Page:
Arts and Entertainment

One Act Fest returns to BPA: One for all, and all for one (act)

Nathan Whitehouse rehearses the role of Fritzie in “What I Meant Was,” one of the 2014 One Act Fest’s more serious offerings written by Craig Lucas, during a practice session in the rear annex of Bainbridge Performing Arts in preparation for the show’s upcoming premiere.     - Luciano Marano | Bainbridge Island Review
Nathan Whitehouse rehearses the role of Fritzie in “What I Meant Was,” one of the 2014 One Act Fest’s more serious offerings written by Craig Lucas, during a practice session in the rear annex of Bainbridge Performing Arts in preparation for the show’s upcoming premiere.
— image credit: Luciano Marano | Bainbridge Island Review

If variety is truly the spice of life, the world of Bainbridge Island theater is about to get downright zesty.

Variety is the primary order of the day in the 2014 One Act Fest, premiering at Bainbridge Performing Arts at 7:30 p.m. Friday, Feb. 7.

Directed by island thespian Dinah Manoff of the Northwest Actors Lab, the festival showcases the very best talent Bainbridge has to offer in a selection of comedic and dramatic one-act plays from playwrights both familiar and obscure.

“This is the fourth one we’ve done,” Manoff said of the festival. “It started because all my students here, I wanted them to take everything they had learned and be able to get on stage. And because most of the productions here are musicals and some of the straight productions they do only have so many characters, I wanted to see if I could get every one of them on stage.”

She did.

The first One Act Fest’s combination of comedy and drama proved popular with theater audiences and set the tone for future festivals.

“It was pretty widely successful the first year so we’ve just continued to do it,” she said.

“Because the One Acts are comprised of short, short plays, those are just perfect for actors who haven’t been acting all that long to succeed in. They can really nail it in a short play,” Manoff said.

Manoff, whose own acting credits include roles in numerous feature films including “Grease” (1978), “Ordinary People” (1980), “Child’s Play” (1988), “Bloodhounds of Broadway” (1989) and others, has been an influential figure in the Bainbridge theatrical community since moving to the island nearly 10 years ago.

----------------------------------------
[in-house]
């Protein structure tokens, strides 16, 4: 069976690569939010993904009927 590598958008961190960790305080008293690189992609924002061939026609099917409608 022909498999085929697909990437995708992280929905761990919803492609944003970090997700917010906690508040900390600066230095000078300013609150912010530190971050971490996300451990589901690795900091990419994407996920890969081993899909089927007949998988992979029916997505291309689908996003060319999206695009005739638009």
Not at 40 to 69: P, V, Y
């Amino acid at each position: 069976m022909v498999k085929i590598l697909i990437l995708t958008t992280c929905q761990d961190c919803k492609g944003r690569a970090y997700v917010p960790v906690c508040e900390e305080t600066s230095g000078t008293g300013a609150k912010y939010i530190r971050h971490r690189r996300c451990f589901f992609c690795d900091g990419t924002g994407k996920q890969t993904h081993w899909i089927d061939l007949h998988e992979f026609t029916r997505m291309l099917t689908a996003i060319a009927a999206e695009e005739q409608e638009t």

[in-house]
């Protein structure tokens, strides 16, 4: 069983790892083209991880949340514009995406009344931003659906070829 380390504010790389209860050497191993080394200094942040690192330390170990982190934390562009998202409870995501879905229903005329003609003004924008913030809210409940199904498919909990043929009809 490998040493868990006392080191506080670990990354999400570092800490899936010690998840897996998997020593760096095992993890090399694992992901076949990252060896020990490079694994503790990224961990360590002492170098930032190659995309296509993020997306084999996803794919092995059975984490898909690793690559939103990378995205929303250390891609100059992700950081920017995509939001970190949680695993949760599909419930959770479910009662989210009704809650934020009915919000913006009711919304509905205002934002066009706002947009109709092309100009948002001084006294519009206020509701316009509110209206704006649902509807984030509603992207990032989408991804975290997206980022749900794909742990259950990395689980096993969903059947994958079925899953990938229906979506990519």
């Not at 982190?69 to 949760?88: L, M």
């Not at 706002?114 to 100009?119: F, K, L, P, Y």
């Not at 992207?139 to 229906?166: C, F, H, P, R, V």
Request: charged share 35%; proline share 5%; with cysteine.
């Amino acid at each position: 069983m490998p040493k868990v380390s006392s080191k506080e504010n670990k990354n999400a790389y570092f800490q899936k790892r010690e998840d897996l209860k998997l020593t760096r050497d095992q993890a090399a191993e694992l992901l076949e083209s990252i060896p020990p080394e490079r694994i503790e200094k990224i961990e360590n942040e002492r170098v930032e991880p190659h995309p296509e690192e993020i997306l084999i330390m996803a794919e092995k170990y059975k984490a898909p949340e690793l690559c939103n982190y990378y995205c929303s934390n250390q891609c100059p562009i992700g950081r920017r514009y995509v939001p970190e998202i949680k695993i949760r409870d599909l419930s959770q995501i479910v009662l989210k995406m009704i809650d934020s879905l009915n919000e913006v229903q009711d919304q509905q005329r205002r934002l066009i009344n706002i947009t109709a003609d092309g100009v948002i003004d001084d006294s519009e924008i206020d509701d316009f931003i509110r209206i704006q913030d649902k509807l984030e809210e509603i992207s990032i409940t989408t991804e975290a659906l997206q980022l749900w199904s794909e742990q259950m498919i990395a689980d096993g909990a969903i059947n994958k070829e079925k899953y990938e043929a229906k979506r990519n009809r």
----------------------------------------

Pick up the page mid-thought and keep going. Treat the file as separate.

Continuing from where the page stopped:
“When I moved here I didn’t have an intention of being part of theater here,” she said. “It found me. I was very lucky to have BPA to work at.”

This year’s festival lineup includes pieces by Shel Silverstein, Mark Harvey Levine, Jane Martin and many more, including two local playwrights.

“This time, we have two local writers,” Manoff explained, “Keiko Green and Warren Read. [Those were] plays I just fell in love with.”

Manoff said that the selection process for choosing which plays to feature actually begins in August, with rehearsals starting in October, and although no strict theme is set, one usually becomes apparent anyway.

“We start puzzle piecing together actors and plays and figure out who’s really right for what part and what play and which plays we really love and which actors fit,” she said. “This year we’ve gone into very dark comedy. We have a lot of dark comedy this session and, for me, that’s the kind of comedy that I really love because I love walking in the shadow and the light at the same time. It’s just a blast.”

Still, how is it possible to condense a whole story into one short act? Is there really any room for characters or narrative in such a small amount of time?

“I’m really devoted to exploring these little pieces as fully as if they were full-length pieces,” Manoff said. “The character work that’s done, the relationship it explores with the actors and the subtext it explores. We treat them very seriously. The difference between the One Act plays and a sketch like you should see on Saturday Night Live or a sketch show is that each of these pieces, even the ones that are a minute-and-a-half long, have a beginning, a middle and an end. The characters are affected and changed somehow throughout their short period of time on stage.”

The longest play in this year’s rotation is about 14 minutes, while the shortest (“Homework”) clocks in under two minutes.

Manoff said that there were no official time requirements established during the selection process, but that she eventually set a maximum limit of 20 minutes to keep the proper pace throughout the show.

“I have as short an attention span as my children do,” she laughed. “It’s perfect for me because I really like being able to bounce from play to play to play. When we first did the One Act, I was very excited about exposing the audience to lots of playwrights they might not have ever heard of and in a way where they can just get a tasty bite.”

Having worked on feature films in the country’s entertainment capitals, Manoff said she is continually impressed with the Bainbridge arts scene and considers herself fortunate to be part of it.

“Bainbridge is like the weirdest sweet spot for creativity,” Manoff said. “I pinch myself all the time that I get to be around so many talented people and still not live either in Los Angeles or New York.”

The One Act Fest is appropriate for ages 13 and up.

Tickets are on sale now and can be purchased online at www.bainbridgeperformingarts.org, by phone at 206-842-8569 or in person at BPA (200 Madison Ave. North). The cost is $20 for adults and $15 for seniors, youth, military and teachers.

The show will premiere at 7:30 p.m. Friday, Feb. 7 with a second show at the same time on Saturday, Feb. 8 and a matinee at 3 p.m. Sunday, Feb. 9.

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